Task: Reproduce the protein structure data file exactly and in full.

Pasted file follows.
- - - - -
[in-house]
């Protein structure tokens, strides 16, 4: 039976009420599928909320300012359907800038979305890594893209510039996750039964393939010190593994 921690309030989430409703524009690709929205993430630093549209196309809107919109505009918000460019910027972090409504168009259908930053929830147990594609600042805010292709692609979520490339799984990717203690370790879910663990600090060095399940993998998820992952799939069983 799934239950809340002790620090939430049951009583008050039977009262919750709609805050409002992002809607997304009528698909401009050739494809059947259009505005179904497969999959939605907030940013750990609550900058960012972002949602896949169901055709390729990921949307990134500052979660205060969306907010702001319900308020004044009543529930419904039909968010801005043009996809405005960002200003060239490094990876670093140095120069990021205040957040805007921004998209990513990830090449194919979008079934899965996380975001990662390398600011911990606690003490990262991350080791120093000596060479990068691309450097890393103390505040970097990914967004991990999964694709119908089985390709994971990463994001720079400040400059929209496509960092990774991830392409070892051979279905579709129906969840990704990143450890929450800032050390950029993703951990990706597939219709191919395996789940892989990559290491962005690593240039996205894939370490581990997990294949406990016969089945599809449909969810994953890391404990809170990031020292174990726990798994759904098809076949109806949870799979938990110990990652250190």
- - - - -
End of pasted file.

[in-house]
């Protein structure tokens, strides 16, 4: 039976009420599928909320300012359907800038979305890594893209510039996750039964393939010190593994 921690309030989430409703524009690709929205993430630093549209196309809107919109505009918000460019910027972090409504168009259908930053929830147990594609600042805010292709692609979520490339799984990717203690370790879910663990600090060095399940993998998820992952799939069983 799934239950809340002790620090939430049951009583008050039977009262919750709609805050409002992002809607997304009528698909401009050739494809059947259009505005179904497969999959939605907030940013750990609550900058960012972002949602896949169901055709390729990921949307990134500052979660205060969306907010702001319900308020004044009543529930419904039909968010801005043009996809405005960002200003060239490094990876670093140095120069990021205040957040805007921004998209990513990830090449194919979008079934899965996380975001990662390398600011911990606690003490990262991350080791120093000596060479990068691309450097890393103390505040970097990914967004991990999964694709119908089985390709994971990463994001720079400040400059929209496509960092990774991830392409070892051979279905579709129906969840990704990143450890929450800032050390950029993703951990990706597939219709191919395996789940892989990559290491962005690593240039996205894939370490581990997990294949406990016969089945599809449909969810994953890391404990809170990031020292174990726990798994759904098809076949109806949870799979938990110990990652250190």